It becomes all too easy to see a police officer or a firefighter and only associate them with their job but in reality, they are much more than that. They have family members and loved ones and hobbies that they enjoy.
For some, their jobs are costing them their lives because they have a passion to protect others.
Gennaro “Jerry” Pellegrini’s desire to help took him all the way to Iraq where he served his country. Before that though, he was an officer in the 26th District who proudly wore his retired father’s badge number and had a dream of becoming a professional boxer.
Unfortunately, he was never able to fulfill that dream because he was killed from a landmine explosion overseas in 2005. Pellegrini was the first Philadelphia police officer to die in the war in Iraq and the first soldier to be honored at the Mayfair Fallen Heroes Run this May.
“He was a hero, he definitely was,” said Kim Pellegrini, Jerry Pellegrini’s sister. “He was very caring. He was a good guy. I would say he was my best friend.”
While sitting next to photos of her brother wearing his uniform and a big smile, Kim Pellegrini reflected on the years she was able to spend with him and discussed her hopes of an increased awareness for people like her brother.
“They put themselves in front of harm’s way to keep the community and the country, for the military, safe,” she said. “I think with every tragedy that occurs, people are made more aware of how much they put their lives at risk for our safety.”
The Philadelphia Police Department responded to more than 3,000 reports of robbery and nearly 10,000 burglaries in homes and businesses in 2014. This has been a steady number throughout the years in Philadelphia, according to the department. Responding to these calls is dangerous, but it’s what officers vow to do in order to protect their community.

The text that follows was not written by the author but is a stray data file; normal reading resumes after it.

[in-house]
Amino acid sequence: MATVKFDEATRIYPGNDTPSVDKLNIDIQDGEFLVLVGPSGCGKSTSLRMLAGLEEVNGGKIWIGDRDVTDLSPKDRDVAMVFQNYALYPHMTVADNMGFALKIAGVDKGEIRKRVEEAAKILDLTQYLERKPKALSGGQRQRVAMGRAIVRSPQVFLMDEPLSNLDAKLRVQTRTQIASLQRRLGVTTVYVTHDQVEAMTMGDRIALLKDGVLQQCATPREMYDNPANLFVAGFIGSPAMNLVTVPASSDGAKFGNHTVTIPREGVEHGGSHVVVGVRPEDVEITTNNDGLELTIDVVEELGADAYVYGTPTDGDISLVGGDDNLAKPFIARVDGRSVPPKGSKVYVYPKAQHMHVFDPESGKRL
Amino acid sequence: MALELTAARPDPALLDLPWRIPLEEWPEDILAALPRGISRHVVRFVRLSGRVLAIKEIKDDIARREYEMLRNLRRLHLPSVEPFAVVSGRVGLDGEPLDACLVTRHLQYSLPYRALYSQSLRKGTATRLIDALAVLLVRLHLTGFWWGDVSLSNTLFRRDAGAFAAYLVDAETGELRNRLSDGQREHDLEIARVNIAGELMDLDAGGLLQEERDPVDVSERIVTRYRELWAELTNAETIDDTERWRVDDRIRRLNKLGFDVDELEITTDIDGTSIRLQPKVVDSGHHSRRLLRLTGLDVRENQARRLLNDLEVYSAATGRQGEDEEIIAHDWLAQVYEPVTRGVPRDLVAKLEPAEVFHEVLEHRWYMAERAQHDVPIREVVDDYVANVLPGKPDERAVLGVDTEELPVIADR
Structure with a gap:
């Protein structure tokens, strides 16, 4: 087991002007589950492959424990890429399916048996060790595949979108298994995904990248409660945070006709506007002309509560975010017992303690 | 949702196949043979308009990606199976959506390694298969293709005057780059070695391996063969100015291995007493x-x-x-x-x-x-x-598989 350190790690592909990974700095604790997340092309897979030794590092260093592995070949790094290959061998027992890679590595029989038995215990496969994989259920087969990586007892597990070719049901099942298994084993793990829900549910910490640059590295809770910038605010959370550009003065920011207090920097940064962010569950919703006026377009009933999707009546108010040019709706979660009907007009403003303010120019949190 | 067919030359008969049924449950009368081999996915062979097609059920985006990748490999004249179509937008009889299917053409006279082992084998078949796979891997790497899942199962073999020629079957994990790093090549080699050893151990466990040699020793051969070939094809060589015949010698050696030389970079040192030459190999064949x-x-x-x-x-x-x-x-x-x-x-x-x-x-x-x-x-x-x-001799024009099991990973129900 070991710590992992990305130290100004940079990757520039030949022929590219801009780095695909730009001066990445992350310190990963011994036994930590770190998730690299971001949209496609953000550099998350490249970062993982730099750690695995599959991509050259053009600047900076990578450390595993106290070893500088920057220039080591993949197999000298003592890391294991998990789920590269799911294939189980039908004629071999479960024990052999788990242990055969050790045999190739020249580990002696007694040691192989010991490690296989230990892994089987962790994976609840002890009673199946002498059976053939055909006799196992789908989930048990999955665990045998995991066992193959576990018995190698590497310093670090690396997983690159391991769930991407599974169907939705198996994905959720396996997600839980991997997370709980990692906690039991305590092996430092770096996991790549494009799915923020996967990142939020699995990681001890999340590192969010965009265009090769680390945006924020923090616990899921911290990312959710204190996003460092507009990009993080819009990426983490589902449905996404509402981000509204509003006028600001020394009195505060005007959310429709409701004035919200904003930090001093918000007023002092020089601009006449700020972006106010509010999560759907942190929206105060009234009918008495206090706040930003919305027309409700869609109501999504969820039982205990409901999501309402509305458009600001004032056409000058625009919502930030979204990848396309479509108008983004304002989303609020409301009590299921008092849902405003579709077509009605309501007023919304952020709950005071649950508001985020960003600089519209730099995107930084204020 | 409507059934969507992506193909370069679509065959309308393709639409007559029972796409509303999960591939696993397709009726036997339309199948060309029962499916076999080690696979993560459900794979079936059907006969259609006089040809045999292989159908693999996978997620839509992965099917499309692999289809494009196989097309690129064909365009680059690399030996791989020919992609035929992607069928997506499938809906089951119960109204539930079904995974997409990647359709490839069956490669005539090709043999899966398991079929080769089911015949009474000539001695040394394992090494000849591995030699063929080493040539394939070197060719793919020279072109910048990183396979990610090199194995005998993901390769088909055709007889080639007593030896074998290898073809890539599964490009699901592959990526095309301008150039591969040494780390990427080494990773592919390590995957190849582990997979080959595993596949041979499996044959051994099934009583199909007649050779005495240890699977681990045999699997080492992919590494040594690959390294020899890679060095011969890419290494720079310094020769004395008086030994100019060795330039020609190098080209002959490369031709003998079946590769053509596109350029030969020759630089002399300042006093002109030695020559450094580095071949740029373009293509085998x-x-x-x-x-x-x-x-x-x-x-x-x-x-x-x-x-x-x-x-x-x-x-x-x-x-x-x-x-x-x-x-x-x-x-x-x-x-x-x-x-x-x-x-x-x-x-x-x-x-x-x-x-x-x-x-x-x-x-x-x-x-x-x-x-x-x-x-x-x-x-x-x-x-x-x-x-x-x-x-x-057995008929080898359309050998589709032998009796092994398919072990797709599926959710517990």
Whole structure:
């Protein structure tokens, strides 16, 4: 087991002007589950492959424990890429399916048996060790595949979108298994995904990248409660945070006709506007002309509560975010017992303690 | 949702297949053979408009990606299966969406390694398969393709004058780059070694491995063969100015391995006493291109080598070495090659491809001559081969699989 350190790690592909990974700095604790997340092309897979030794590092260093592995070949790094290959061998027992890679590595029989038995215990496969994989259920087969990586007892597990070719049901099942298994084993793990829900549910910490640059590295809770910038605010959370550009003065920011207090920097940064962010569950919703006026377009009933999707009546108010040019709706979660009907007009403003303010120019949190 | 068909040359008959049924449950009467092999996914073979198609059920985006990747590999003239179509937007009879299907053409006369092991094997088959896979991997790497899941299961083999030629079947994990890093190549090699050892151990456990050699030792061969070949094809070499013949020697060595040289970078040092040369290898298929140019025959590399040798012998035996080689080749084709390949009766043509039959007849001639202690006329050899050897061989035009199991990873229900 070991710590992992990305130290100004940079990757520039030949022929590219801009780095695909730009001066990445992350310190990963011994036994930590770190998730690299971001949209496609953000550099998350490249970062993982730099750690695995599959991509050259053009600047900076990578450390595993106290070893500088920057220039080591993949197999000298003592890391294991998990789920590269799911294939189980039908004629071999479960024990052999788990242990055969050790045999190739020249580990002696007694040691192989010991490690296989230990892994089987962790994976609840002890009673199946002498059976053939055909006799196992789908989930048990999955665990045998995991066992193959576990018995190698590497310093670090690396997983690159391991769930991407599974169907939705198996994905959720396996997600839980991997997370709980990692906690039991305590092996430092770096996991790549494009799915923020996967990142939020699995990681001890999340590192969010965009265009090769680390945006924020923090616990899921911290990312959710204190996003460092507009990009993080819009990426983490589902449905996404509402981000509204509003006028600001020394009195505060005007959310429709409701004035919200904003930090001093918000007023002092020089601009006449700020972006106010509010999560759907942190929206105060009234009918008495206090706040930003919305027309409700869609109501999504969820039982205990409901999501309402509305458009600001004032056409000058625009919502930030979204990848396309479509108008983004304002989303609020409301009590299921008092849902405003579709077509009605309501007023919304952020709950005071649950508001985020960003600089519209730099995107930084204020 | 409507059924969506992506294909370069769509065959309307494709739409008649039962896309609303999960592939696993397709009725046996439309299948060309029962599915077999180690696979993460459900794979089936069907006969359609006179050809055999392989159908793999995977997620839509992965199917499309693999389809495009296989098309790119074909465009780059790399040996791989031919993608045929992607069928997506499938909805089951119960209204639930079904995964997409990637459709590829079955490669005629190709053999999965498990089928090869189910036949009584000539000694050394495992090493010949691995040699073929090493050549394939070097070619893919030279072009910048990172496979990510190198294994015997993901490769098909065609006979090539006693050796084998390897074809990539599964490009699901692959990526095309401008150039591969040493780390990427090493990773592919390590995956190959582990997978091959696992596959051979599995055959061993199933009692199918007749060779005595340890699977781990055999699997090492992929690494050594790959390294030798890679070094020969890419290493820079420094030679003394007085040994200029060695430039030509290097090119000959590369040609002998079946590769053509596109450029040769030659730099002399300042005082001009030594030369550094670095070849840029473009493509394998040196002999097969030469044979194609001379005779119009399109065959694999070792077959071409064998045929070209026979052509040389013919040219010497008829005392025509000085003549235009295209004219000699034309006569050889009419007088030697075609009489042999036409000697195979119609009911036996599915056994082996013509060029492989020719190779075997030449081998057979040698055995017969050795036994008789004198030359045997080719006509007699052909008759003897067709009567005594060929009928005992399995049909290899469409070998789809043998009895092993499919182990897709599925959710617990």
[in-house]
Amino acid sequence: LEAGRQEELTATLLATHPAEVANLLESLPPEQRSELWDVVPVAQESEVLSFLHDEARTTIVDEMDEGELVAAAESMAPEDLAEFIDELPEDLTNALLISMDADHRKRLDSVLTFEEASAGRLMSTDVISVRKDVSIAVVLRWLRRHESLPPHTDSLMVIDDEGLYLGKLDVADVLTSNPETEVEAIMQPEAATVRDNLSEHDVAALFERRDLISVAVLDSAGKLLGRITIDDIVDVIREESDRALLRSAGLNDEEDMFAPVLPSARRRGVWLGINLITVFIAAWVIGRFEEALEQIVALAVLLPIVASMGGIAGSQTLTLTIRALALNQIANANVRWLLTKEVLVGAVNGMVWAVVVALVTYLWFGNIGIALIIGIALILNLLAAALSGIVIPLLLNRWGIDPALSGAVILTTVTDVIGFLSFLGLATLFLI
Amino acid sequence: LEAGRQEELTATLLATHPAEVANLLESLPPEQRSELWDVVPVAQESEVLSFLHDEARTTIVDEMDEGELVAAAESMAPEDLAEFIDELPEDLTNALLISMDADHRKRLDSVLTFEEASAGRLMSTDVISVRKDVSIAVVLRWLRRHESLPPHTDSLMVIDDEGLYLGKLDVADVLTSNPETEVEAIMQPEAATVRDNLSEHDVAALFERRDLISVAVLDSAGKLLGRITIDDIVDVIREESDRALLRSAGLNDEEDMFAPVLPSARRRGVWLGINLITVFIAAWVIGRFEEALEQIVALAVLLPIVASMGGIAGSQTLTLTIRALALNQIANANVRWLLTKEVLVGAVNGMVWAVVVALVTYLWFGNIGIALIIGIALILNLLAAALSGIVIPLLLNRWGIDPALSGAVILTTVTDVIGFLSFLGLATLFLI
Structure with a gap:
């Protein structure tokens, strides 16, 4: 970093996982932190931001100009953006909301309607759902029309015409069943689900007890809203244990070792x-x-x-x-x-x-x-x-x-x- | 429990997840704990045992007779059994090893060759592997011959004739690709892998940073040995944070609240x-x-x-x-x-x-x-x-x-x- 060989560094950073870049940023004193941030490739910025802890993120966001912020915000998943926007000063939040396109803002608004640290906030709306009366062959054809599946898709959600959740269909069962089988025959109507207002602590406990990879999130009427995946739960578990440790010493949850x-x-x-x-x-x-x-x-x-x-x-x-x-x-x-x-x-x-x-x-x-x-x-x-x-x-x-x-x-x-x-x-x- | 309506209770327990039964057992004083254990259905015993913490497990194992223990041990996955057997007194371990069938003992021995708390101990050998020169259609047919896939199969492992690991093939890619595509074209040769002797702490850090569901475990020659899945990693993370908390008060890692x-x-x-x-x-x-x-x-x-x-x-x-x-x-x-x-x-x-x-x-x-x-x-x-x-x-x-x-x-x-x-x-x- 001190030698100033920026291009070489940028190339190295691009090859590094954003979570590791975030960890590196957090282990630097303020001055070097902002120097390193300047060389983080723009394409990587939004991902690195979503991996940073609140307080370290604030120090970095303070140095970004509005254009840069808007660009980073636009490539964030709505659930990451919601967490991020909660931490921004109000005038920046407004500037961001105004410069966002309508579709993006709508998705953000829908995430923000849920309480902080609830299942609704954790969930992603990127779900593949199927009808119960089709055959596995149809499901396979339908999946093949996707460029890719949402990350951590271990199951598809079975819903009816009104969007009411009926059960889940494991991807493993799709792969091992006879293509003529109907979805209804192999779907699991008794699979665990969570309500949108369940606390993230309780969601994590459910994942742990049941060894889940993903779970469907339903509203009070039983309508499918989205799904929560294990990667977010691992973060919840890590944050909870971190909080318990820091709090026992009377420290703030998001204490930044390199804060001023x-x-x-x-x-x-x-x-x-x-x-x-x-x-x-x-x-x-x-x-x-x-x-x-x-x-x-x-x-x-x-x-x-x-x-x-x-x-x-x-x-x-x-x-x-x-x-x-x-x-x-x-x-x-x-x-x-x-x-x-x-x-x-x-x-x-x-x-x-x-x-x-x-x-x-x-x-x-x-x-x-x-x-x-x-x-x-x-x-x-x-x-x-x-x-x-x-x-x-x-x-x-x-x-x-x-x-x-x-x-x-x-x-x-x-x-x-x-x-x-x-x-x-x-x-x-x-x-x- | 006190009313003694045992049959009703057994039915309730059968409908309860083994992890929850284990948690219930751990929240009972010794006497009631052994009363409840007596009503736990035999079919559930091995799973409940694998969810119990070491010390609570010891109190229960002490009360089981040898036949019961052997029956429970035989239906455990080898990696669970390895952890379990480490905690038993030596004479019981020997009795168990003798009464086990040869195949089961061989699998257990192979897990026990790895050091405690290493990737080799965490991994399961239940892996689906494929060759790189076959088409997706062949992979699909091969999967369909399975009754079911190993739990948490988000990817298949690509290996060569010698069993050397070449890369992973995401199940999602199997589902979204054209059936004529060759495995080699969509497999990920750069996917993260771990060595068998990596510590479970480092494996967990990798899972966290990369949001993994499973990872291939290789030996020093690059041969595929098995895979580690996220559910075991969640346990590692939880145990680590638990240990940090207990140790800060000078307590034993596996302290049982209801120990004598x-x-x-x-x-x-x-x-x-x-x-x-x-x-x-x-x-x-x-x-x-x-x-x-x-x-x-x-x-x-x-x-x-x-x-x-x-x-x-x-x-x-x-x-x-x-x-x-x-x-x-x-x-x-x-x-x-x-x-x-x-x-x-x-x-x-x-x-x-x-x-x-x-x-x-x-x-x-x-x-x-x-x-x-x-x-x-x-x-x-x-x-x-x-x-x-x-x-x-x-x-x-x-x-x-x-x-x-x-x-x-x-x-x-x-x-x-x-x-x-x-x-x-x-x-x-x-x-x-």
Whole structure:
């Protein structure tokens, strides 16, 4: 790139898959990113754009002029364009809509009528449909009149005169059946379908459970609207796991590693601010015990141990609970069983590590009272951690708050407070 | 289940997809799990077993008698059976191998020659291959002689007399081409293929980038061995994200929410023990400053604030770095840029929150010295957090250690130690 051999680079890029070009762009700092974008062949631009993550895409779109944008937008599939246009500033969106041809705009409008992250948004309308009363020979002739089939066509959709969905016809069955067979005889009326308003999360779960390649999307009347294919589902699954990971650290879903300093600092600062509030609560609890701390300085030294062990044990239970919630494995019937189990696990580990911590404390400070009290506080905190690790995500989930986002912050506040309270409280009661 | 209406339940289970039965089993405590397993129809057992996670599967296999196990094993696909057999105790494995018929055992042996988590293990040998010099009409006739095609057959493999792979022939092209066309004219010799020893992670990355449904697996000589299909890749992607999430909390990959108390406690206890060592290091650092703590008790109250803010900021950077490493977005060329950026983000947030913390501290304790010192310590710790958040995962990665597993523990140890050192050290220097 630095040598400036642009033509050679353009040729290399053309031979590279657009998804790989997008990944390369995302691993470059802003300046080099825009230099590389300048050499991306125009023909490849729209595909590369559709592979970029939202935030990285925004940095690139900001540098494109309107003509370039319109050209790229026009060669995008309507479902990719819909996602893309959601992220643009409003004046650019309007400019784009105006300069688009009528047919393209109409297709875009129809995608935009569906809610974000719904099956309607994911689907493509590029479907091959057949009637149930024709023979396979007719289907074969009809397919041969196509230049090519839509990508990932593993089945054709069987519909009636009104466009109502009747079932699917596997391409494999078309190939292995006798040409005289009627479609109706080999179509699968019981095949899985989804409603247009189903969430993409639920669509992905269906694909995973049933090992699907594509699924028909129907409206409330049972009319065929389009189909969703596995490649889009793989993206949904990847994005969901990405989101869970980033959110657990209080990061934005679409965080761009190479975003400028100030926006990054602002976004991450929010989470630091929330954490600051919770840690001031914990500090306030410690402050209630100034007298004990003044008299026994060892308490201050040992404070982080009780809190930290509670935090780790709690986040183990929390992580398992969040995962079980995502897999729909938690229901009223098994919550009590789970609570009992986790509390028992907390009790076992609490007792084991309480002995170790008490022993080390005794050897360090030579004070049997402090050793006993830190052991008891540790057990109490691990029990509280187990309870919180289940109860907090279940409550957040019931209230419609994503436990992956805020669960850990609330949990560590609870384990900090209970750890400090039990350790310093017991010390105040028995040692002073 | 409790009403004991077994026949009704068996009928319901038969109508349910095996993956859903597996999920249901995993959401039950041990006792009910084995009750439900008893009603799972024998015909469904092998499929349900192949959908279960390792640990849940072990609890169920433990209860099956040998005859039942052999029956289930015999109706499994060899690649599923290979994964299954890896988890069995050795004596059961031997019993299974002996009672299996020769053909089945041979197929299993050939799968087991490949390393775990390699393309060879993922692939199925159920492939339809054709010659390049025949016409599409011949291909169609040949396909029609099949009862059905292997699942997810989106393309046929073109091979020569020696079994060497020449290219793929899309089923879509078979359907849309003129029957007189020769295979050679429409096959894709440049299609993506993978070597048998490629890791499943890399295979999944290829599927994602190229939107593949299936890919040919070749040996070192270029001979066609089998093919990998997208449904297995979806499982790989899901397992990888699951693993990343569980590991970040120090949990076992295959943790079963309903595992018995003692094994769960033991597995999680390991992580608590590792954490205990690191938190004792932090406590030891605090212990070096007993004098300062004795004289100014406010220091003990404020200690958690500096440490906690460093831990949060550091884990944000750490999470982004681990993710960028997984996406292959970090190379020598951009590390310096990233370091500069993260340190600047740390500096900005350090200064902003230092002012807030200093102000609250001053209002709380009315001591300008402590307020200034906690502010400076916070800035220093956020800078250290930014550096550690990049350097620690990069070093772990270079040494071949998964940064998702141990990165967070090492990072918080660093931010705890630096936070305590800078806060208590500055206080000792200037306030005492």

According to the Officer Down Memorial Page, there has been a reported 260 deaths of Philadelphia police officers since 1828. The most common cause of death is from gunfire, accounting for 126 of those deaths. The list also includes death caused by stabbing and assault. The deaths are mostly men, with five women dying in the line of duty.
As for firefighters, there have been 84 deaths in Pennsylvania between 2004 and 2013, according to the U.S. Fire Administration. Just last year, Joyce Craig-Lewis was the first female firefighter to die in the line of duty. She was a mother of two.
Jerry Kots, a retired Philadelphia firefighter knows that death is a reality in this line of work.
“These are ordinary people,” he said. “They put their uniforms on every day and go to work not knowing if they’re going to come home or not. The hope is that we do but it’s always in the back of your mind that you may not.”
Aside from sponsoring the Mayfair Fallen Heroes Run, Kots and the Philadelphia firefighters have also taken their own steps to honoring those who have lost their lives with the Hero Firefighter Plaque Program started by honorary Philadelphia Fire Commissioner James Binns.
Embedded into the sidewalk outside of the firefighter’s union hall and all along its wall are several plaques with deceased police officers’ and firefighters’ names on them. So far there are 65 plaques, but that number is expected to increase to a total of 285 plaques.
“These are people’s fathers, uncles and family members and they should be remembered and honored,” McDermott said.
Many of the past officers and firefighters who have been honored at the Mayfair Fallen Heroes Run have been someone’s parent or spouse.
In the 2014 run, John Taylor from Northeast Philadelphia was honored for his work as a fire captain, including a heroic act in which he saved a man from a collapsing building in 1992. The job ultimately claimed his life in 2004. He left behind a wife, stepson and two teenage children.
Similarly, Chuck Cassidy was honored at the 2013 Mayfair Fallen Heroes Run for his work as an officer in the Philadelphia police department. He passed away in 2007 after he walked into a Dunkin Donuts that unbeknownst to him, was being robbed. The robber shot Cassidy who died the following day. He had three children, two in college and one in high school, and a wife.
Kim Pellegrini is excited that her brother is being honored this year at the run since the 10-year anniversary of his death is approaching. This will be her first time at the Mayfair Fallen Heroes Run, where she will be walking with her head held high in memory of her little brother.
-Text, images and video by Alexandra Kachapuridze and Siobhan Redding.